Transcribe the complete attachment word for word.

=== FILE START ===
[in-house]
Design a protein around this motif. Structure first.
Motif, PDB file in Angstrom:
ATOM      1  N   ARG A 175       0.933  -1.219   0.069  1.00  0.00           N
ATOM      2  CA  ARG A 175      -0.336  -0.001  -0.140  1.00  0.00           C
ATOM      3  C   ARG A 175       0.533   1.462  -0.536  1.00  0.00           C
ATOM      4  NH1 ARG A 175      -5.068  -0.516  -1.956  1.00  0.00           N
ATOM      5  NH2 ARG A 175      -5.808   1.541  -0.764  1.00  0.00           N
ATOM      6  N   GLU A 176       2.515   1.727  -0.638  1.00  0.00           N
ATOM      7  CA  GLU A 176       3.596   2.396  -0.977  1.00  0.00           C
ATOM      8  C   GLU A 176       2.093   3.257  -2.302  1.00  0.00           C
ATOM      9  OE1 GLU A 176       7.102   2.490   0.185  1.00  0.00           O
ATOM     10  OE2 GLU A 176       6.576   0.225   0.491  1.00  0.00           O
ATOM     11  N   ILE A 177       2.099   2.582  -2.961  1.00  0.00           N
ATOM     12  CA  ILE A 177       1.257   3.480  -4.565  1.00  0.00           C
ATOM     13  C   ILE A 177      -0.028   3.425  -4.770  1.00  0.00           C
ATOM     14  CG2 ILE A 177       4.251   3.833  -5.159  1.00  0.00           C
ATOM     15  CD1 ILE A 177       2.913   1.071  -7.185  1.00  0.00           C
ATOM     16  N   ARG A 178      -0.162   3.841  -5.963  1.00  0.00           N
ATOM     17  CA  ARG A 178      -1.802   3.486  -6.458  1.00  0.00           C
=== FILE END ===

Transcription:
[in-house]
Design a protein around this motif. Structure first.
Motif, PDB file in Angstrom:
ATOM      1  N   ARG A 175       0.933  -1.219   0.069  1.00  0.00           N
ATOM      2  CA  ARG A 175      -0.336  -0.001  -0.140  1.00  0.00           C
ATOM      3  C   ARG A 175       0.533   1.462  -0.536  1.00  0.00           C
ATOM      4  NH1 ARG A 175      -5.068  -0.516  -1.956  1.00  0.00           N
ATOM      5  NH2 ARG A 175      -5.808   1.541  -0.764  1.00  0.00           N
ATOM      6  N   GLU A 176       2.515   1.727  -0.638  1.00  0.00           N
ATOM      7  CA  GLU A 176       3.596   2.396  -0.977  1.00  0.00           C
ATOM      8  C   GLU A 176       2.093   3.257  -2.302  1.00  0.00           C
ATOM      9  OE1 GLU A 176       7.102   2.490   0.185  1.00  0.00           O
ATOM     10  OE2 GLU A 176       6.576   0.225   0.491  1.00  0.00           O
ATOM     11  N   ILE A 177       2.099   2.582  -2.961  1.00  0.00           N
ATOM     12  CA  ILE A 177       1.257   3.480  -4.565  1.00  0.00           C
ATOM     13  C   ILE A 177      -0.028   3.425  -4.770  1.00  0.00           C
ATOM     14  CG2 ILE A 177       4.251   3.833  -5.159  1.00  0.00           C
ATOM     15  CD1 ILE A 177       2.913   1.071  -7.185  1.00  0.00           C
ATOM     16  N   ARG A 178      -0.162   3.841  -5.963  1.00  0.00           N
ATOM     17  CA  ARG A 178      -1.802   3.486  -6.458  1.00  0.00           C